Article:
Volcanoes Have Little Impact On Atmospheric CO2 – And Also A Huge Impact

The volcano/CO2 story flip-flops depending on what the agenda for the day is. Some days it is convenient to blame past climate change on volcanic CO2.

Multiple phases of carbon cycle disturbance from large igneous province formation at the Triassic-Jurassic transition
M. Ruhl and W.M. Kurschner, Palaeoecology, Laboratory of Palaeobotany and Palynology, Institute of Environmental Biology, Faculty of Science, Utrecht University, Budapestlaan 4, NL-3584 CD Utrecht, Netherlands; doi: 10.1130/G31680.1.
The end-Triassic mass extinction event (~200 million years ago) is one of the Big Five mass extinction events in earth history. It is marked by global extinction of up to 50% of all species living in the oceans and by large changes in ecosystems on the continents. The cause for the extinction event is related to strongly intensified volcanic activity and deposition of the largest basalt deposit on Earth, the Central Atlantic Magmatic Province. Recent studies show that the end-Triassic mass extinction event directly coincided with the onset of this volcanic period that lasted for ~600,000 years. The release of massive amounts of carbon dioxide from volcanism triggered a strong change in the global carbon cycle and likely had a strong impact on global climate. M. Ruhl and W.M. Kurschner of Utrecht University show, however, that a strong increase in atmospheric carbon dioxide of up to 1000 parts per million (today’s values are ~350 parts per million) and a strong change in the global carbon cycle already occurred ~100,000 years before the onset of intense volcanism. This suggests that large amounts of carbon dioxide were already released by the thermal heating of organic-rich sediments by intrusion of magma bodies from the mantle on their way to Earth’s surface.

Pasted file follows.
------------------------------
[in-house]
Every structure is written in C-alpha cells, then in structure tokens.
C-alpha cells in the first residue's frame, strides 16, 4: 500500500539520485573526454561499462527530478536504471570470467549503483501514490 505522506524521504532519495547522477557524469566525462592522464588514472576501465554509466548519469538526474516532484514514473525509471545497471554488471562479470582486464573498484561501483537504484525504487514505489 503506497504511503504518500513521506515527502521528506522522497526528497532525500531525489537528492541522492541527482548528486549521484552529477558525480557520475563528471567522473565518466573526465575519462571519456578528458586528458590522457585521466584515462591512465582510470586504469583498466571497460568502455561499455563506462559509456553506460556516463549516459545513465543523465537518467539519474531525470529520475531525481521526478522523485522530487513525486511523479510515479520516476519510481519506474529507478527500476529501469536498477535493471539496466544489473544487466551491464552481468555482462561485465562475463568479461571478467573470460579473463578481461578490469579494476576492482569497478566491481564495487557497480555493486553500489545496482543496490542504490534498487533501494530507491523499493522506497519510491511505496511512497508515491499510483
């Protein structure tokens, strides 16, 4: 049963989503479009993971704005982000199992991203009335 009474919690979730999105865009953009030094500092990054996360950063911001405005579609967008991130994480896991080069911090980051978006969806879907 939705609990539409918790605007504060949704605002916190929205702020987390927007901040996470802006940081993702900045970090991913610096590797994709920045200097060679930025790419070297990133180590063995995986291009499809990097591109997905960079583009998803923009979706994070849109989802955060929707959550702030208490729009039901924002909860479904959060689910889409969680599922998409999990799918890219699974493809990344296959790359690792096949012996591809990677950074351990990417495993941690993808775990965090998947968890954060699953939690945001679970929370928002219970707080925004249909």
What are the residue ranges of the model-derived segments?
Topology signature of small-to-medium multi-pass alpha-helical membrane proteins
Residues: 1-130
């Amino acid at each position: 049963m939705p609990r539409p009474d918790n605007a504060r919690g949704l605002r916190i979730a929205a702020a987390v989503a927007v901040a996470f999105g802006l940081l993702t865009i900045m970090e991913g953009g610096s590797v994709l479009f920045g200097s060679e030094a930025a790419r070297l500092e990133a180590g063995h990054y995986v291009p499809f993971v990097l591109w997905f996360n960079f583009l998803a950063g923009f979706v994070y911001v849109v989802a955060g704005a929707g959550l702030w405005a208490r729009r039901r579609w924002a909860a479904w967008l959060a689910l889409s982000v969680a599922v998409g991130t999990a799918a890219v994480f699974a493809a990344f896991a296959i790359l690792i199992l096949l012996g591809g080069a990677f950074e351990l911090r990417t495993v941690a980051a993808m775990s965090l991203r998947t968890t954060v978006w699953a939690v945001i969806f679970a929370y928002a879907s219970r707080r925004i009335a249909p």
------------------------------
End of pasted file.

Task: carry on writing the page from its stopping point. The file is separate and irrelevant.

On other days, they want to prove that volcanoes aren’t major contributors of CO2.

The burning of fossil fuels and changes in land use results in the emission into the atmosphere of approximately 30 billion tonnes of carbon dioxide per year worldwide, according to the EIA. The fossil fuels emissions numbers are about 100 times bigger than even the maximum estimated volcanic CO2 fluxes. Our understanding of volcanic discharges would have to be shown to be very mistaken before volcanic CO2 discharges could be considered anything but a bit player in contributing to the recent changes observed in the concentration of CO2 in the Earth’s atmosphere.



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11 Responses to Volcanoes Have Little Impact On Atmospheric CO2 – And Also A Huge Impact

  1. Andy Weiss says:

    Even peer review does not guarantee a consistent conclusion!

    • Latitude says:

      The whole problem with peer review, is that your peers are on the same page that you are……

      It would be more real if it were called consensus review.

      • Jimbo says:

        Well said! It could also be called pal review. You scratch my back and I’ll scratch yours. ;O)

        They have their snoughts in the money trough and aren’t goint to let go no matter what happens to global mean temps. I’m serious.

  2. Peter Ellis says:

    Because an individual volcano erupting during a given year is exactly the same as the onset of the largest ever volcanic period, that ultimately lasted 600,000 years. No difference in magnitude at all.